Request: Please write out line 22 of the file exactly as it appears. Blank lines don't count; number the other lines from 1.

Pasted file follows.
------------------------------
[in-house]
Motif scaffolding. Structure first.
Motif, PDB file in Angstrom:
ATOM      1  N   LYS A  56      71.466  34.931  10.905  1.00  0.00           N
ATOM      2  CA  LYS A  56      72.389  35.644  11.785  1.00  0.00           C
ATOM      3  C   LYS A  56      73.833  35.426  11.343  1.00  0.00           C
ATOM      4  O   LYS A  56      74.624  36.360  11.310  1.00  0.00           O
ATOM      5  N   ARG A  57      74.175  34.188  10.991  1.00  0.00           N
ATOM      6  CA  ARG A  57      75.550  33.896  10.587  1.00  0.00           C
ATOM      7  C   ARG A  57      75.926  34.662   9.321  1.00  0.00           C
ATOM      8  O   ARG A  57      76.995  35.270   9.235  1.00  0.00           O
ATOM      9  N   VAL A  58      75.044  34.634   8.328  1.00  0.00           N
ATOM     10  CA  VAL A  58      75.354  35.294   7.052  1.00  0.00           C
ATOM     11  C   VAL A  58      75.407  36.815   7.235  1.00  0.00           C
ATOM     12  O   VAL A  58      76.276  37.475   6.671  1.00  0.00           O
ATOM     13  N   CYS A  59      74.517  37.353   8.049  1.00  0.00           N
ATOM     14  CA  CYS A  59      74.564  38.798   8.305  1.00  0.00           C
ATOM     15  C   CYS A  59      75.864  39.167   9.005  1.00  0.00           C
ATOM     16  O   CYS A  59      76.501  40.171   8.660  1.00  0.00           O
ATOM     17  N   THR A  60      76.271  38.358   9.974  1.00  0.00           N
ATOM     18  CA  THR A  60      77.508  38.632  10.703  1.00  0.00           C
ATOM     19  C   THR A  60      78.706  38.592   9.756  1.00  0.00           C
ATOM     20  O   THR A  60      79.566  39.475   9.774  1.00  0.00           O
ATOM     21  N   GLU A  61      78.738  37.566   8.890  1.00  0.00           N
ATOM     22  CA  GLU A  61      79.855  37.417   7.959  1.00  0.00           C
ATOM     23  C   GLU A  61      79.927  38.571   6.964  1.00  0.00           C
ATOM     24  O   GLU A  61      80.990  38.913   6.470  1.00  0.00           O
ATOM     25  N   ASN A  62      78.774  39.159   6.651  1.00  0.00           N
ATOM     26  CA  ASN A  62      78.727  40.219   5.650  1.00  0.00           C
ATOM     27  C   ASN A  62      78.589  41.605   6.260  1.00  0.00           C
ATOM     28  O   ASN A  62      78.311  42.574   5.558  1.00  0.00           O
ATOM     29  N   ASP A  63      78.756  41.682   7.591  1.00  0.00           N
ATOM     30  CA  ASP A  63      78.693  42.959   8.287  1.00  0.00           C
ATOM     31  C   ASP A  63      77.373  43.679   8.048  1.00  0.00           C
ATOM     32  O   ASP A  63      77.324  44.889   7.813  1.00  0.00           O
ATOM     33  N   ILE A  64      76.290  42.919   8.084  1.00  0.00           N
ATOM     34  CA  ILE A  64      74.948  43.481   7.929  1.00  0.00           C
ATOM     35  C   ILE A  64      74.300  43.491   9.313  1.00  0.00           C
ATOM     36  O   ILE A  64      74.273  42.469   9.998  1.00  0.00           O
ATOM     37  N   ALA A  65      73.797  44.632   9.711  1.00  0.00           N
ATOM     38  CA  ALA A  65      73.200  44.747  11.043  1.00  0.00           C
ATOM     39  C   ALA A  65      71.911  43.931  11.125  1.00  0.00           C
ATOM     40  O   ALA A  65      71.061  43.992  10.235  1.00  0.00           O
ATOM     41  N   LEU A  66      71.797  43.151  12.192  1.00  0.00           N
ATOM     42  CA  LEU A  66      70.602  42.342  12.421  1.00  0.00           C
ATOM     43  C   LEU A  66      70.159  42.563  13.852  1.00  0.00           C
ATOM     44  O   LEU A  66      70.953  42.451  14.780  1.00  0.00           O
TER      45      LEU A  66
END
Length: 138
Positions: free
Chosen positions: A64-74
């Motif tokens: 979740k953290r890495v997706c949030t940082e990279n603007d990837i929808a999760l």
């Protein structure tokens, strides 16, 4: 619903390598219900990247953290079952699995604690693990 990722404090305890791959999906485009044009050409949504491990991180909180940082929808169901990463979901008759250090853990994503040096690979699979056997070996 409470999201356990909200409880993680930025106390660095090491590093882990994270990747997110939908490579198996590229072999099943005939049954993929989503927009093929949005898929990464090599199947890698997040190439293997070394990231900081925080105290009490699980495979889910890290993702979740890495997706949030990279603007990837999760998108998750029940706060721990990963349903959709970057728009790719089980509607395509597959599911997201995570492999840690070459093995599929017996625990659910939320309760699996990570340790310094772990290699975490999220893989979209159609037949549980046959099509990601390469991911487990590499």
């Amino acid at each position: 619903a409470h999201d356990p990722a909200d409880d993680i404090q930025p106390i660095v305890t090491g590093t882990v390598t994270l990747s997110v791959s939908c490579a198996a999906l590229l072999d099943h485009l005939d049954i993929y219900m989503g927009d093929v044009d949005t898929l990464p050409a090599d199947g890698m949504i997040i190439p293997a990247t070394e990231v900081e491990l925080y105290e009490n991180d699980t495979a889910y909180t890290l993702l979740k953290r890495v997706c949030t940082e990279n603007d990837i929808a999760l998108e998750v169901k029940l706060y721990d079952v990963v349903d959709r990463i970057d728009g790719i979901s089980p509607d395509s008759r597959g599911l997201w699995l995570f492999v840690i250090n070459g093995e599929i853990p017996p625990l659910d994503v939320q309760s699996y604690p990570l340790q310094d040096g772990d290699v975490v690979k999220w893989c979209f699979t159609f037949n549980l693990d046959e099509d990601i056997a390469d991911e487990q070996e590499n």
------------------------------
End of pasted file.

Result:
ATOM     19  C   THR A  60      78.706  38.592   9.756  1.00  0.00           C